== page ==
We had to change our way of working very much as we have not been able to physically meet together as a group with our children since March 2020. The Corona period has nevertheless brought us closer to each other, because we have cultivated a practice of weekly online meetings in which we develop ideas, perform collective automatic writing exercises or creative tasks, and discuss the current projects. In a lockdown situation, meeting regularly on a weekly basis is already a kind of self-care structure. In that sense, our individual homes have become backdrops for our online meetings andstages to perform in (like in our online performance “Love and Labor. Intimacy and Isolation. Care and Survival”). Thus, through the lockdown, we bring along our intimate living spaces, not just ourselves as we used to. Additionally, we have become each other’s social support system and share strategies in coping with the new expectations of multitasking due to the unfolding Corona lockdown measurements.
In what way and with what focus would you like to continue working in a hopefully soon post-COVID time?
We intend to expand upon the concept of the maternal further towards “caring coexistences” and want to explore maternal experience as part of nature and not separate from it. We propose an “aesthetics of care” as the basis for inter-species coexistence in order to maintain, continue and repair our “world”. Now, we want to implement it as a tool to bring us closer to the `more than human worlds` and to enter a new realm of life that matters. We will explore “aesthetics of care” within a framework of new residencies and collective artist projects in collaboration with our children. In the upcoming summer, we hope to construct a space for analogue Human-Plant-FluidEnvironment Interactions as part of the floating university residency, for which we are currently finalists. The public jury decision event will be on the 18th of February at 6pm. We would be happy if you would like to join our online presentation. Fingers crossed!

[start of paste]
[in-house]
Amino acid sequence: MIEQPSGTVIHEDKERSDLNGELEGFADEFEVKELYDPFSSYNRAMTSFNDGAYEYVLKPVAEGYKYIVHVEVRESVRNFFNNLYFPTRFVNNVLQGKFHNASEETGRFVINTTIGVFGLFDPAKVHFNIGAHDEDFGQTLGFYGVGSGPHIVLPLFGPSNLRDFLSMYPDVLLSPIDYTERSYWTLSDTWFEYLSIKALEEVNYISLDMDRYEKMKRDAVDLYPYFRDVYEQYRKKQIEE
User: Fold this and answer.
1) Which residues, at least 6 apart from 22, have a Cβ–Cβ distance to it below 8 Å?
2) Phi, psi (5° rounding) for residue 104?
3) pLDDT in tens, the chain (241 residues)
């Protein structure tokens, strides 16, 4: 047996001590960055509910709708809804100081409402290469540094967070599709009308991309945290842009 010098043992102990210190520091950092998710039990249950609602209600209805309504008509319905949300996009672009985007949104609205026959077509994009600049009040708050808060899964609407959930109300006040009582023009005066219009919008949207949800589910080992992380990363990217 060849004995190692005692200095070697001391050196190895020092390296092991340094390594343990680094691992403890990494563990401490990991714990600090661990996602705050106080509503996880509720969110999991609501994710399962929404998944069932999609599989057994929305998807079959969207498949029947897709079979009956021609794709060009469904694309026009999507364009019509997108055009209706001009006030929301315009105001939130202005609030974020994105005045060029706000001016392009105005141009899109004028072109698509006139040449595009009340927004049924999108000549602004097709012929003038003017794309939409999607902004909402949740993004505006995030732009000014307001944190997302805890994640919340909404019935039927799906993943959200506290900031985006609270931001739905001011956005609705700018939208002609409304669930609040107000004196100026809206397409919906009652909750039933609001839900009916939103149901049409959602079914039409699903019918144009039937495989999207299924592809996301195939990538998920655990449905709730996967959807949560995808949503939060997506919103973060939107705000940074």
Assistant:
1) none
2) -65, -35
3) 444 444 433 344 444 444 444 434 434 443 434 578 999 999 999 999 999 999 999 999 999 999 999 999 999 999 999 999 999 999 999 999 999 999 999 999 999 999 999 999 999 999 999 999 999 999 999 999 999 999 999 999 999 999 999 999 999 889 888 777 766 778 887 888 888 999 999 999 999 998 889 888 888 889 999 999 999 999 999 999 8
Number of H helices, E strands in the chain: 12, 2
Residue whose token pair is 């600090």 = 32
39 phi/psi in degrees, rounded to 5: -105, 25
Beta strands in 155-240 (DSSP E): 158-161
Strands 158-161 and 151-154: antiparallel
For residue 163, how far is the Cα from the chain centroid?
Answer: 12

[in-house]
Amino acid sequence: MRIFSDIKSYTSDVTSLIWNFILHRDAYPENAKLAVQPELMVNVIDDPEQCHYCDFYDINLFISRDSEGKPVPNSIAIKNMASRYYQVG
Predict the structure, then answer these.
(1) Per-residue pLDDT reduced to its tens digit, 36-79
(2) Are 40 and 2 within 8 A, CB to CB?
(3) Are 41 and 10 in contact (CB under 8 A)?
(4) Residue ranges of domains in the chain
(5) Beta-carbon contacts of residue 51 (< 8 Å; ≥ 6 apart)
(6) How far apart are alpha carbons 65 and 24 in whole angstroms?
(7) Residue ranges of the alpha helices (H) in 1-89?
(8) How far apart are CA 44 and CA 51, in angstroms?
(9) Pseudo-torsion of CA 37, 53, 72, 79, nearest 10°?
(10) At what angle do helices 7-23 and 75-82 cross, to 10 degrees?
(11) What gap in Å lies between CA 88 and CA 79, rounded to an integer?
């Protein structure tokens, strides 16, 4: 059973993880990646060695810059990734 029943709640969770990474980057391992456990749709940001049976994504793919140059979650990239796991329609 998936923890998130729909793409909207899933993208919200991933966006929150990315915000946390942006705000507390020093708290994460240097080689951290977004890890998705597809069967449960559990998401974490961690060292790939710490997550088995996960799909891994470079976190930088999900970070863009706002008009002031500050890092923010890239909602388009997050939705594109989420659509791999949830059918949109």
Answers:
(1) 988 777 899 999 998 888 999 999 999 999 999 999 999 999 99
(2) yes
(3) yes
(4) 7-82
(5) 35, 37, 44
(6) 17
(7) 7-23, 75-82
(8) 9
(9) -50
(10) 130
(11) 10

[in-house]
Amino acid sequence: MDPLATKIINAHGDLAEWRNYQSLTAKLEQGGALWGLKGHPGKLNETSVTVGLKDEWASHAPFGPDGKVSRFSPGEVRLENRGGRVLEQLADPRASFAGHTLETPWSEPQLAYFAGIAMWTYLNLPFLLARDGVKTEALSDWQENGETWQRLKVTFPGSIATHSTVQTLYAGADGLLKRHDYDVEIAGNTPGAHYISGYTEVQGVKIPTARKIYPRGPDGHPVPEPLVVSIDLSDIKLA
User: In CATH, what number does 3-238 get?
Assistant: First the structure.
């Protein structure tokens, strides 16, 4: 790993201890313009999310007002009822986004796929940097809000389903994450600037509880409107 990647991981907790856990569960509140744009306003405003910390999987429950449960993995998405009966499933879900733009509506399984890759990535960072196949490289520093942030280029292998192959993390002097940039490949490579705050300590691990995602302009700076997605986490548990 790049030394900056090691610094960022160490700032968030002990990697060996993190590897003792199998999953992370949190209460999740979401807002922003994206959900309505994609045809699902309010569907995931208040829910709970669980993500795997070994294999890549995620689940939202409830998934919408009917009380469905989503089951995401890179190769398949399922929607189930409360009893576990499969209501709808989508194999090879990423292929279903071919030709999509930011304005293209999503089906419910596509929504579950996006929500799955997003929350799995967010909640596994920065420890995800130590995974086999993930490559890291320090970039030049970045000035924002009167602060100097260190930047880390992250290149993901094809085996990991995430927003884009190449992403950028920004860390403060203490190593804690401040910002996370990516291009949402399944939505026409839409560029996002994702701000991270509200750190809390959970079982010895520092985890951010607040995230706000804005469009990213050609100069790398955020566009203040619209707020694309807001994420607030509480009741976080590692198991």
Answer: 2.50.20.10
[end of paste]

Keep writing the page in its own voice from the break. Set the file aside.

Maternal Fantasies is an interdisciplinary group of international artists and cultural producers based in Berlin. We shape the discourse on motherhood and the politics of care through collective artistic processes while enhancing the visibility of contemporary intersectional-eco-feminist positions. From writing autobiographical responses to classic feminist texts to devising performances using children’s games, our multi-media art practice favors inclusive community-oriented experiments as alternatives to tradi- tional hierarchies of art production. Bridging theory and practice, our strategy transforms research on motherhood(s), earth care and care work into frameworks for immersive modes of critique. We integrate rotational authorship and tools of collective care in our mode of production, opening up the artistic process for (our) children to participate in.
Current members of MATERNAL FANTASIES are Aino El Solh, Hanne Klaas, Isabell Spengler, Lena Chen, Magdalena Kallenberger, Maicyra Leao and Mikala Hyldig Dal.
MATERNAL FANTASIES are recipients of the Artist Advancement Award 2019/20 of the Arthur Boskamp-Stiftung. www.maternalfantasies.net